Struggling British department store Debenhams has been thrown a lifeline in the form of a $72.6 million (£40 million) credit facility, which will “act as a bridge to facilitate a broader refinancing and recapitalisation”.
The announcement pushed the share price of the business up by approximately a third, reaching a high of $8.44 (£4.65) per share on Tuesday morning.
The new facility agreement, which can be drawn from as required, contains provisions for an increase in pricing during the second quarter of the 2019 calendar year.
“Today’s announcement represents the first step in our refinancing process,” Debenhams chief executive Sergio Bucher said in a note to investors.
“The support of our lenders for our turnaround plan is important to underpin a comprehensive solution that will take account of all the interests of all stakeholders, and deliver a sustainable and profitable future for Debenhams.”
The retailer also revealed an agreement in principle with supply chain solution provider Li & Fung, with the aim of developing a strategic sourcing partnership which is expected to deliver improved product quality and lead-times, higher achieved margins and better working capital efficiency.
Bucher said Li & Fung will be a key part of Debenhams’ turnaround plan moving forward, giving the department store access to state-of-the-art technology and visibility across its supply chain.
“This will help us anticipate and respond more quickly to trends and our customers’ preferences, as well as delivering better quality product,” Bucher said.
The department store previously turned down a $72.6 million (£40 million) loan offer from Sports Direct on the basis that it came with conditions that would have impacted the interests of other shareholders. Reuters reported that Sports Direct’s CEO Mike Ashley may have been looking to merge Debenhams with House of Fraser, which Sports Direct had recently acquired.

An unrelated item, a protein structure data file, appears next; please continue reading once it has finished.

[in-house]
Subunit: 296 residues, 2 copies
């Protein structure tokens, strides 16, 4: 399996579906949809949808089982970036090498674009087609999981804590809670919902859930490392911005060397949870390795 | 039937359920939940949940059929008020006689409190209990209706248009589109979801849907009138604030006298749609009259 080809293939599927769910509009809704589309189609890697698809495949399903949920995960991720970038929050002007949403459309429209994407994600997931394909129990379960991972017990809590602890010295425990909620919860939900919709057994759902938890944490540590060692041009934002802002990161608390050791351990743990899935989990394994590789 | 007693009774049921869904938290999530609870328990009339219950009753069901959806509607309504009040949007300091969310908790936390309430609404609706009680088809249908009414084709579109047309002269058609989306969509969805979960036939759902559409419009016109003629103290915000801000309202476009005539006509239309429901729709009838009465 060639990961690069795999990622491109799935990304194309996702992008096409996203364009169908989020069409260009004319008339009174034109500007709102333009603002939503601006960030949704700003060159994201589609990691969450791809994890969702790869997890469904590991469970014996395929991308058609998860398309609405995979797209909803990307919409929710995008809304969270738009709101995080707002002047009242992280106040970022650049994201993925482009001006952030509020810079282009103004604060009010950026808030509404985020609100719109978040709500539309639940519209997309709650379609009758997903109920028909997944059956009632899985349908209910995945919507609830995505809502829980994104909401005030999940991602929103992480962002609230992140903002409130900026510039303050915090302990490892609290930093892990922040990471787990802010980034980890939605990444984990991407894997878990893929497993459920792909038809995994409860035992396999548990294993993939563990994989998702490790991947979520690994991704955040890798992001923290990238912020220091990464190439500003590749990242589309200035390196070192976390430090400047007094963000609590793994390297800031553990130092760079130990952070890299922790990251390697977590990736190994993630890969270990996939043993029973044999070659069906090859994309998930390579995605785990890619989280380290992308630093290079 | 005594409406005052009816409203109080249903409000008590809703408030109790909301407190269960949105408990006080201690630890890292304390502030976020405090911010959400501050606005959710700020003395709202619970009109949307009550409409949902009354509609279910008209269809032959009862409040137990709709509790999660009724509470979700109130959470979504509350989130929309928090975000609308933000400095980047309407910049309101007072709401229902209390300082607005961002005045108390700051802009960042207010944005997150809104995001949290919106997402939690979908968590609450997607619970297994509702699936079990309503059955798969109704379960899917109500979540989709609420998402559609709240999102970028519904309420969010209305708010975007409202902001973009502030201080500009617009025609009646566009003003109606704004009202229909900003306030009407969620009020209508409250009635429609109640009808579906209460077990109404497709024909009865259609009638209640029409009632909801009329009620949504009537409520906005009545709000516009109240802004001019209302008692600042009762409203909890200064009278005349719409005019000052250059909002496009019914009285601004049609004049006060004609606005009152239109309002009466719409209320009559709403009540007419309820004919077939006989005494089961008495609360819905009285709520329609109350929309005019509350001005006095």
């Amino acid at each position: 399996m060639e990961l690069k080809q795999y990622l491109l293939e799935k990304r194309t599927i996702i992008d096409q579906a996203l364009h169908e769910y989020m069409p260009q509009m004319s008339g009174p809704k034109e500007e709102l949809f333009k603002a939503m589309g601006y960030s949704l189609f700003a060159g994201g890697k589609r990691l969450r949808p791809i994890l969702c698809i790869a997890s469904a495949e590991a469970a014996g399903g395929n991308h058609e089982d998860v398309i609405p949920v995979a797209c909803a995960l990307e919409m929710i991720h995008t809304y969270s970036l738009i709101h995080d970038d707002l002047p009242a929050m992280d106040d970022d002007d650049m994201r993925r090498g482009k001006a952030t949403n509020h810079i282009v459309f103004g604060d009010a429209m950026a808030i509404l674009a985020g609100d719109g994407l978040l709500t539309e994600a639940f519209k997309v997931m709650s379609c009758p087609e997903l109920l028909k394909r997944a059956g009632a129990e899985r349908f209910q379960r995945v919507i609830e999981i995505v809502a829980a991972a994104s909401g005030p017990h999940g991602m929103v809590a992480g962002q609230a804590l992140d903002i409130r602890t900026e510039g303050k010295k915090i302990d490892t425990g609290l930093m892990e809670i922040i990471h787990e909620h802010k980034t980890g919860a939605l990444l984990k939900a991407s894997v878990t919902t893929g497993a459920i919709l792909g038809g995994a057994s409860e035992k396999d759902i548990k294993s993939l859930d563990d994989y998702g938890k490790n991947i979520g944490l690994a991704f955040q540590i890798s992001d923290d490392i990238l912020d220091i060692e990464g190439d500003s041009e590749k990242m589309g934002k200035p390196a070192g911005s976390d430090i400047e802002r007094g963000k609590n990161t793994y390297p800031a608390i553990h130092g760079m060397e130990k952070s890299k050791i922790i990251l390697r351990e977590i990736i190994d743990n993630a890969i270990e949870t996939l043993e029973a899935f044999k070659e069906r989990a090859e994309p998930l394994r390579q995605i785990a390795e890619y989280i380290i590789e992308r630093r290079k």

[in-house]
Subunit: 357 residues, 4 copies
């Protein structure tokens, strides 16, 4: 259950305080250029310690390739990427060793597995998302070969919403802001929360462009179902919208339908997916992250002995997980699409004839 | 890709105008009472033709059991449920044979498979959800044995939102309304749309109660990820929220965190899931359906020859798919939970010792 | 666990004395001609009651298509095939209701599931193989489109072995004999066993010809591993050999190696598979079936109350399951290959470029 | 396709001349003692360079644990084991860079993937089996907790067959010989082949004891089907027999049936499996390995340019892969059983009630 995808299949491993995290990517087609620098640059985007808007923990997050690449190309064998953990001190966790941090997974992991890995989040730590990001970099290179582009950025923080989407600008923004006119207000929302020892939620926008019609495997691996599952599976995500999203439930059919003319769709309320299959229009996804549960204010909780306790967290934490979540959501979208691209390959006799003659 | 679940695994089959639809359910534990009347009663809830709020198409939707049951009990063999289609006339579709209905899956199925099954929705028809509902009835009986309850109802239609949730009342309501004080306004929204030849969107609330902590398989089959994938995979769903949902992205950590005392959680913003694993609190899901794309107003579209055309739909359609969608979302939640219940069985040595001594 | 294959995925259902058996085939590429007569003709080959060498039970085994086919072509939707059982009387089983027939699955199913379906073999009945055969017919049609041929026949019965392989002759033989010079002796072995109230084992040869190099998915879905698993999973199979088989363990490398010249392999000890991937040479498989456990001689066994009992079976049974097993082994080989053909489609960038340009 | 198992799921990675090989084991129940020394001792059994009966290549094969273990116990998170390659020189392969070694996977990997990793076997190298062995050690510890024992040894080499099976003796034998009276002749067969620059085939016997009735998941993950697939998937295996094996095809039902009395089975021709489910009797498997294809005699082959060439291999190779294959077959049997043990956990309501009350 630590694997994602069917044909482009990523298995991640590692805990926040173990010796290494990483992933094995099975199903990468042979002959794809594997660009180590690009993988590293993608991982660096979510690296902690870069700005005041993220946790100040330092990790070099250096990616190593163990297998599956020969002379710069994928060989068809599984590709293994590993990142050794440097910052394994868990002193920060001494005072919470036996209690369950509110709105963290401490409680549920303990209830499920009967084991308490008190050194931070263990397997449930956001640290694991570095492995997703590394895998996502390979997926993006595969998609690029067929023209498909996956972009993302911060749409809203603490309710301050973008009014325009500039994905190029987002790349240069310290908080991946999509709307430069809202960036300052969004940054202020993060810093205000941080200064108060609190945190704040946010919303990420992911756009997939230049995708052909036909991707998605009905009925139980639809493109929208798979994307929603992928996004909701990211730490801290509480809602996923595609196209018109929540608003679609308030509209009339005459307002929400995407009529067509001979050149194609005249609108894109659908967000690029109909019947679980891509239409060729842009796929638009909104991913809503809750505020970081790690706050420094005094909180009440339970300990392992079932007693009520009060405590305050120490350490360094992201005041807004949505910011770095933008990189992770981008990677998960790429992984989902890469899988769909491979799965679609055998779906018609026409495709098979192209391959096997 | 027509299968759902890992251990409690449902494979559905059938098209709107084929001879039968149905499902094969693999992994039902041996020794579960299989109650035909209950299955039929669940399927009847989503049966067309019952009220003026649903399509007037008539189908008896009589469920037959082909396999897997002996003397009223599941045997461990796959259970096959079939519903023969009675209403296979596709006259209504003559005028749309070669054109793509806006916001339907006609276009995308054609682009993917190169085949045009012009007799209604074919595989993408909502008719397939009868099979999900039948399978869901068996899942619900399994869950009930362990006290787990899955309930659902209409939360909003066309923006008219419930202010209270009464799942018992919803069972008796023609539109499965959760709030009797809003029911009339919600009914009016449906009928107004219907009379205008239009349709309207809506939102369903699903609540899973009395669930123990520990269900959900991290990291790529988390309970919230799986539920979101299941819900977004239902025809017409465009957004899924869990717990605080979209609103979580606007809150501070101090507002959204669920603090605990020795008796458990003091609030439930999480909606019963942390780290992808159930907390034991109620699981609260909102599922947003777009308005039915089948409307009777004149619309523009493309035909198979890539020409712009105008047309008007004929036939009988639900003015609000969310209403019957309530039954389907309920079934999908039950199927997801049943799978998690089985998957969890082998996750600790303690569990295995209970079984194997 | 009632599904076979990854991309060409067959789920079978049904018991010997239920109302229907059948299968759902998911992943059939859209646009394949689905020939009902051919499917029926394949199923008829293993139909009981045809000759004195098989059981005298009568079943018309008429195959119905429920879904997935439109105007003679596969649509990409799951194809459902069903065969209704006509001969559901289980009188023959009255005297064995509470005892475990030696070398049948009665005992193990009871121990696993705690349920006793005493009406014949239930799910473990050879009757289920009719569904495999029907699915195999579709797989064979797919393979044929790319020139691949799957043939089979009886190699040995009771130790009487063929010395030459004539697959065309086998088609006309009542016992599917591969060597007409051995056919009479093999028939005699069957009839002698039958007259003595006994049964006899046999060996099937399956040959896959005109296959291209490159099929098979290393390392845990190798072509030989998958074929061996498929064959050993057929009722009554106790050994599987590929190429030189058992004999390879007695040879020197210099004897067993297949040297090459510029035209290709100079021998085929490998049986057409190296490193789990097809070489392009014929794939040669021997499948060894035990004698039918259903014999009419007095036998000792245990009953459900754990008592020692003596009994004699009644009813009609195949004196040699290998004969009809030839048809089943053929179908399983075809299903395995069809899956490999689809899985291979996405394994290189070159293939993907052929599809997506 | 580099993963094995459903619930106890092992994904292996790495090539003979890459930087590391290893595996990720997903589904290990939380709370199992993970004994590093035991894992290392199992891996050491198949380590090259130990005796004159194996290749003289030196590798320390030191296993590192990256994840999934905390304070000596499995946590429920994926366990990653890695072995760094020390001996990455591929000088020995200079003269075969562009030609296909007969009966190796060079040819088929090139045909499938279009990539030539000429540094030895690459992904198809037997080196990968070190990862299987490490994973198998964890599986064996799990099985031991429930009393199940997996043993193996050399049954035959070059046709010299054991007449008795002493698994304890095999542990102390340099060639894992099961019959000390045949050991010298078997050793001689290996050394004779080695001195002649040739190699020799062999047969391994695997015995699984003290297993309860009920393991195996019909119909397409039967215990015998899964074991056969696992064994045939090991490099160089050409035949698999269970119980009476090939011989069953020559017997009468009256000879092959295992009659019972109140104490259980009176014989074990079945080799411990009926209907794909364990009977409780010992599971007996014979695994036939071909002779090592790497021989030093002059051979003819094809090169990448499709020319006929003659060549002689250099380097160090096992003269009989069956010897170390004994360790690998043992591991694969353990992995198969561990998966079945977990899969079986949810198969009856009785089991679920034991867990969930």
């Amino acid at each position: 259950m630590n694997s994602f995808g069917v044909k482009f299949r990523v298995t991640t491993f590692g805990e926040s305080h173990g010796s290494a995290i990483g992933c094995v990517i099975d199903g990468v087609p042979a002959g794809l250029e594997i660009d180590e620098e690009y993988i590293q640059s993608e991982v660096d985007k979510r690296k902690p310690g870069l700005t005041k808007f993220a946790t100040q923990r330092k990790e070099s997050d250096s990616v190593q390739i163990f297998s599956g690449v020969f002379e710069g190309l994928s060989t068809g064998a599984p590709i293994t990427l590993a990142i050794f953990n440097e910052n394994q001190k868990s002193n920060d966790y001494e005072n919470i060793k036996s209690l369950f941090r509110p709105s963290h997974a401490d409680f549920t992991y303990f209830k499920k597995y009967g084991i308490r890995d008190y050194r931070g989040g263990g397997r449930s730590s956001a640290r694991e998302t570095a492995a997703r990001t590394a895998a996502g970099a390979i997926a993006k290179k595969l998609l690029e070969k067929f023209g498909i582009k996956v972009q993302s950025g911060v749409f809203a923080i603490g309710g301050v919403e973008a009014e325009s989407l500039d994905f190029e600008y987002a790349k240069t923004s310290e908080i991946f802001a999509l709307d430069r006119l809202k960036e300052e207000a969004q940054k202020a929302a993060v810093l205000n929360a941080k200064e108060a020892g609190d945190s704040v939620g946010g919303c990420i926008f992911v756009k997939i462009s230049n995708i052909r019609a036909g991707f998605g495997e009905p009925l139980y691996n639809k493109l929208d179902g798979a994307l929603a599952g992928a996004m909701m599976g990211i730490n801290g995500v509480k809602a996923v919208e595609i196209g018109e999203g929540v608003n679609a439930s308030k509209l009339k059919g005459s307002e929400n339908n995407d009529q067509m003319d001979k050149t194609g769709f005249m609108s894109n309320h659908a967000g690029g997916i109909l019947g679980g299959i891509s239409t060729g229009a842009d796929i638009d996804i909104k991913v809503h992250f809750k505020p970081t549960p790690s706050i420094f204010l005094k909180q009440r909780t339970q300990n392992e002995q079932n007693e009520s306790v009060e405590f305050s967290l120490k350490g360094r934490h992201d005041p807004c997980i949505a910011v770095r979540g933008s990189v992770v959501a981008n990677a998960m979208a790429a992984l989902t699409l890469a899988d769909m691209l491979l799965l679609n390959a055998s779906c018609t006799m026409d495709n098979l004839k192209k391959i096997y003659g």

Debenhams has been hit by many of the same market forces that are forcing department stores globally to rethink the way they do business, including decreased footfall in shopping centres and the tightening of consumer spending off the back of slow wage growth.
Locally, both David Jones and Myer are in the midst of turnaround efforts after seeing business drop away, with both retailers having seen slowing sales over the longer-term, and with David Jones having recently reported a subdued Christmas period.
Internationally, US department store Sears was recently saved from liquidation by a last-minute renegotiated US$5.2 billion deal from chairman Edward Lampert, after being forced to declare voluntary administration off the back of falling sales.
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